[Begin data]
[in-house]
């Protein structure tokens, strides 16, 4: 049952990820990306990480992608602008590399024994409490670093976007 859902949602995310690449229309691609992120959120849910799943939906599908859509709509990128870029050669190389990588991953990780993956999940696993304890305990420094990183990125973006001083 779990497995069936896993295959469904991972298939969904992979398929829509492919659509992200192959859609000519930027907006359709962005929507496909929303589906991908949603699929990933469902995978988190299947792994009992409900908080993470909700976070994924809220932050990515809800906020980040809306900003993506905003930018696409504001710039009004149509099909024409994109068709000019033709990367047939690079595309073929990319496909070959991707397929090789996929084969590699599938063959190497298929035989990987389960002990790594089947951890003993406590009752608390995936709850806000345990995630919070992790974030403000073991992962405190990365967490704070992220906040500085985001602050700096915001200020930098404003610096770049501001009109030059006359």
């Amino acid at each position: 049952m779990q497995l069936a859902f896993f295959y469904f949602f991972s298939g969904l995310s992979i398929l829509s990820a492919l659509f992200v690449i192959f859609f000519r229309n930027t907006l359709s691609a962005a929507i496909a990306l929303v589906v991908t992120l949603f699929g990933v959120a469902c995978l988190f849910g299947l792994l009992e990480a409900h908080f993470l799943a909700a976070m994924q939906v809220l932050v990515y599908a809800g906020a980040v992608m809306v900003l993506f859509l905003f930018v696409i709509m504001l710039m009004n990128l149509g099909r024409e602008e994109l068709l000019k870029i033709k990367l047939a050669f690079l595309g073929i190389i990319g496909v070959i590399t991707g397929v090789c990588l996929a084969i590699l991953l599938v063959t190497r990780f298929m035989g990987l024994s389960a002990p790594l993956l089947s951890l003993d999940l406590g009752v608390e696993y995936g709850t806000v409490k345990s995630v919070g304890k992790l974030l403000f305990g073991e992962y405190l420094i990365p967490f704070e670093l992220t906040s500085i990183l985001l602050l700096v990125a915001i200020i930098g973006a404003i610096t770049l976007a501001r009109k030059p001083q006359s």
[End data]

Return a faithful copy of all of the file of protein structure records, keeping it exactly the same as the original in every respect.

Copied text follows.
[in-house]
């Protein structure tokens, strides 16, 4: 049952990820990306990480992608602008590399024994409490670093976007 859902949602995310690449229309691609992120959120849910799943939906599908859509709509990128870029050669190389990588991953990780993956999940696993304890305990420094990183990125973006001083 779990497995069936896993295959469904991972298939969904992979398929829509492919659509992200192959859609000519930027907006359709962005929507496909929303589906991908949603699929990933469902995978988190299947792994009992409900908080993470909700976070994924809220932050990515809800906020980040809306900003993506905003930018696409504001710039009004149509099909024409994109068709000019033709990367047939690079595309073929990319496909070959991707397929090789996929084969590699599938063959190497298929035989990987389960002990790594089947951890003993406590009752608390995936709850806000345990995630919070992790974030403000073991992962405190990365967490704070992220906040500085985001602050700096915001200020930098404003610096770049501001009109030059006359």
């Amino acid at each position: 049952m779990q497995l069936a859902f896993f295959y469904f949602f991972s298939g969904l995310s992979i398929l829509s990820a492919l659509f992200v690449i192959f859609f000519r229309n930027t907006l359709s691609a962005a929507i496909a990306l929303v589906v991908t992120l949603f699929g990933v959120a469902c995978l988190f849910g299947l792994l009992e990480a409900h908080f993470l799943a909700a976070m994924q939906v809220l932050v990515y599908a809800g906020a980040v992608m809306v900003l993506f859509l905003f930018v696409i709509m504001l710039m009004n990128l149509g099909r024409e602008e994109l068709l000019k870029i033709k990367l047939a050669f690079l595309g073929i190389i990319g496909v070959i590399t991707g397929v090789c990588l996929a084969i590699l991953l599938v063959t190497r990780f298929m035989g990987l024994s389960a002990p790594l993956l089947s951890l003993d999940l406590g009752v608390e696993y995936g709850t806000v409490k345990s995630v919070g304890k992790l974030l403000f305990g073991e992962y405190l420094i990365p967490f704070e670093l992220t906040s500085i990183l985001l602050l700096v990125a915001i200020i930098g973006a404003i610096t770049l976007a501001r009109k030059p001083q006359s």